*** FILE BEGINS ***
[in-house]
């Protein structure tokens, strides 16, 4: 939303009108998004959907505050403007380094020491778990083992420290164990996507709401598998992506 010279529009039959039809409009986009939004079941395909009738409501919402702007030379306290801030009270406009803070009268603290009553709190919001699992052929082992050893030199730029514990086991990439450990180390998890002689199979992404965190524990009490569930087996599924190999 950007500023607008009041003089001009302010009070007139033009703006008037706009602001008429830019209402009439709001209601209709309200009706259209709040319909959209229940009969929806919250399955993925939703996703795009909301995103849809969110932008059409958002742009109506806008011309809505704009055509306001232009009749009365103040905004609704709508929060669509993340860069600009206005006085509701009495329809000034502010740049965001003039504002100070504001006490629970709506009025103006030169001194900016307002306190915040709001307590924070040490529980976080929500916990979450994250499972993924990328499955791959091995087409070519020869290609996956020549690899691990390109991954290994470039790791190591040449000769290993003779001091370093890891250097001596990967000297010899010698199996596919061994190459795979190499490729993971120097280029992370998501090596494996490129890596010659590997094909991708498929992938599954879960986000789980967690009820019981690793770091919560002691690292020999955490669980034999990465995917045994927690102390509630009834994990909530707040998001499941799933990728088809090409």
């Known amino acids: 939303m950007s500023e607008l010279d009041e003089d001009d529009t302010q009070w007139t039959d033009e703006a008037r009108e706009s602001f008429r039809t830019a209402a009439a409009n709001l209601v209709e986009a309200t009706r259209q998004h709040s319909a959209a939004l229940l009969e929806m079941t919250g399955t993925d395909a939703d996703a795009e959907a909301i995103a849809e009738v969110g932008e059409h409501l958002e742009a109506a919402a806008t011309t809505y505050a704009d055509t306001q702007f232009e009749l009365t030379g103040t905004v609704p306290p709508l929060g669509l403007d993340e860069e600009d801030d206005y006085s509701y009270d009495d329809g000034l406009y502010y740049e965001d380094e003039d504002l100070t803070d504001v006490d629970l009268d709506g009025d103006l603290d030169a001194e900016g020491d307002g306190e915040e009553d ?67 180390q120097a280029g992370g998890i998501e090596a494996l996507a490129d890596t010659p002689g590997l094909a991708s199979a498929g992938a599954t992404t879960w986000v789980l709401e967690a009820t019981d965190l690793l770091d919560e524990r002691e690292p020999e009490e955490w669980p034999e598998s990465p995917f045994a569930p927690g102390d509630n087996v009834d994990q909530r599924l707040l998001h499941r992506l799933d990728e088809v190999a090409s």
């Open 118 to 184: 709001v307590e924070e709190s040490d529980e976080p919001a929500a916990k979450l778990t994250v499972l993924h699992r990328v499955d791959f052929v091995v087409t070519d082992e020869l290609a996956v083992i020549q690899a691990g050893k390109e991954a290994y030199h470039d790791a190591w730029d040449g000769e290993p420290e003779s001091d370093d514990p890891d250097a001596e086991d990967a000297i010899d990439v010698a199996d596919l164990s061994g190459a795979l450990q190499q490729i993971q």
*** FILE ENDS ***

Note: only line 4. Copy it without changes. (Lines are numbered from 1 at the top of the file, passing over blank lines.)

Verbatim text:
């Open 118 to 184: 709001v307590e924070e709190s040490d529980e976080p919001a929500a916990k979450l778990t994250v499972l993924h699992r990328v499955d791959f052929v091995v087409t070519d082992e020869l290609a996956v083992i020549q690899a691990g050893k390109e991954a290994y030199h470039d790791a190591w730029d040449g000769e290993p420290e003779s001091d370093d514990p890891d250097a001596e086991d990967a000297i010899d990439v010698a199996d596919l164990s061994g190459a795979l450990q190499q490729i993971q």